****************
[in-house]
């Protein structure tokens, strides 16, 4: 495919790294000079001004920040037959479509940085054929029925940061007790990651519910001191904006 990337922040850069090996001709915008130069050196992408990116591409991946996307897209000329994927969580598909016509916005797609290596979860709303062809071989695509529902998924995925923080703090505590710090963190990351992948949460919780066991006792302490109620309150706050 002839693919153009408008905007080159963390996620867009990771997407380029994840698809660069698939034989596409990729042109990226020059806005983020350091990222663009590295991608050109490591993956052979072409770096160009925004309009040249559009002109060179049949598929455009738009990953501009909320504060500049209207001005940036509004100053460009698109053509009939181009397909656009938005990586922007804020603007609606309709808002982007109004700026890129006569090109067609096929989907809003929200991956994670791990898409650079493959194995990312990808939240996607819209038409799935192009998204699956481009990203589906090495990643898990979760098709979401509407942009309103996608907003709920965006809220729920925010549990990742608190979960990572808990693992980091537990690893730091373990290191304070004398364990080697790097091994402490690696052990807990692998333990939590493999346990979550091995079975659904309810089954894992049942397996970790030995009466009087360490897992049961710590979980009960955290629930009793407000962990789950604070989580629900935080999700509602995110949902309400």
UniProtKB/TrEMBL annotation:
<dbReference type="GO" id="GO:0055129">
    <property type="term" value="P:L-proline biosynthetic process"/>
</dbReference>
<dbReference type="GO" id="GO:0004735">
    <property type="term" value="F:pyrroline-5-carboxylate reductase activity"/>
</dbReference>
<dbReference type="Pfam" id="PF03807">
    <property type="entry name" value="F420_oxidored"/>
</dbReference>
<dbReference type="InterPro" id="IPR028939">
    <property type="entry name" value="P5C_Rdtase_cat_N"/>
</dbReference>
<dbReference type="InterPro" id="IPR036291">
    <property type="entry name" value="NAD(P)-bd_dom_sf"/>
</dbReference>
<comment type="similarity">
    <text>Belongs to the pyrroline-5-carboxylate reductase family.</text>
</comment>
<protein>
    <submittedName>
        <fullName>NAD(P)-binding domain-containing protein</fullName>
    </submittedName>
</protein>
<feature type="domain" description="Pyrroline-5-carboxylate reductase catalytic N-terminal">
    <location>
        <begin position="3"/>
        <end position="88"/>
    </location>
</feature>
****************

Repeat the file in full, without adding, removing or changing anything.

[in-house]
């Protein structure tokens, strides 16, 4: 495919790294000079001004920040037959479509940085054929029925940061007790990651519910001191904006 990337922040850069090996001709915008130069050196992408990116591409991946996307897209000329994927969580598909016509916005797609290596979860709303062809071989695509529902998924995925923080703090505590710090963190990351992948949460919780066991006792302490109620309150706050 002839693919153009408008905007080159963390996620867009990771997407380029994840698809660069698939034989596409990729042109990226020059806005983020350091990222663009590295991608050109490591993956052979072409770096160009925004309009040249559009002109060179049949598929455009738009990953501009909320504060500049209207001005940036509004100053460009698109053509009939181009397909656009938005990586922007804020603007609606309709808002982007109004700026890129006569090109067609096929989907809003929200991956994670791990898409650079493959194995990312990808939240996607819209038409799935192009998204699956481009990203589906090495990643898990979760098709979401509407942009309103996608907003709920965006809220729920925010549990990742608190979960990572808990693992980091537990690893730091373990290191304070004398364990080697790097091994402490690696052990807990692998333990939590493999346990979550091995079975659904309810089954894992049942397996970790030995009466009087360490897992049961710590979980009960955290629930009793407000962990789950604070989580629900935080999700509602995110949902309400």
UniProtKB/TrEMBL annotation:
<dbReference type="GO" id="GO:0055129">
    <property type="term" value="P:L-proline biosynthetic process"/>
</dbReference>
<dbReference type="GO" id="GO:0004735">
    <property type="term" value="F:pyrroline-5-carboxylate reductase activity"/>
</dbReference>
<dbReference type="Pfam" id="PF03807">
    <property type="entry name" value="F420_oxidored"/>
</dbReference>
<dbReference type="InterPro" id="IPR028939">
    <property type="entry name" value="P5C_Rdtase_cat_N"/>
</dbReference>
<dbReference type="InterPro" id="IPR036291">
    <property type="entry name" value="NAD(P)-bd_dom_sf"/>
</dbReference>
<comment type="similarity">
    <text>Belongs to the pyrroline-5-carboxylate reductase family.</text>
</comment>
<protein>
    <submittedName>
        <fullName>NAD(P)-binding domain-containing protein</fullName>
    </submittedName>
</protein>
<feature type="domain" description="Pyrroline-5-carboxylate reductase catalytic N-terminal">
    <location>
        <begin position="3"/>
        <end position="88"/>
    </location>
</feature>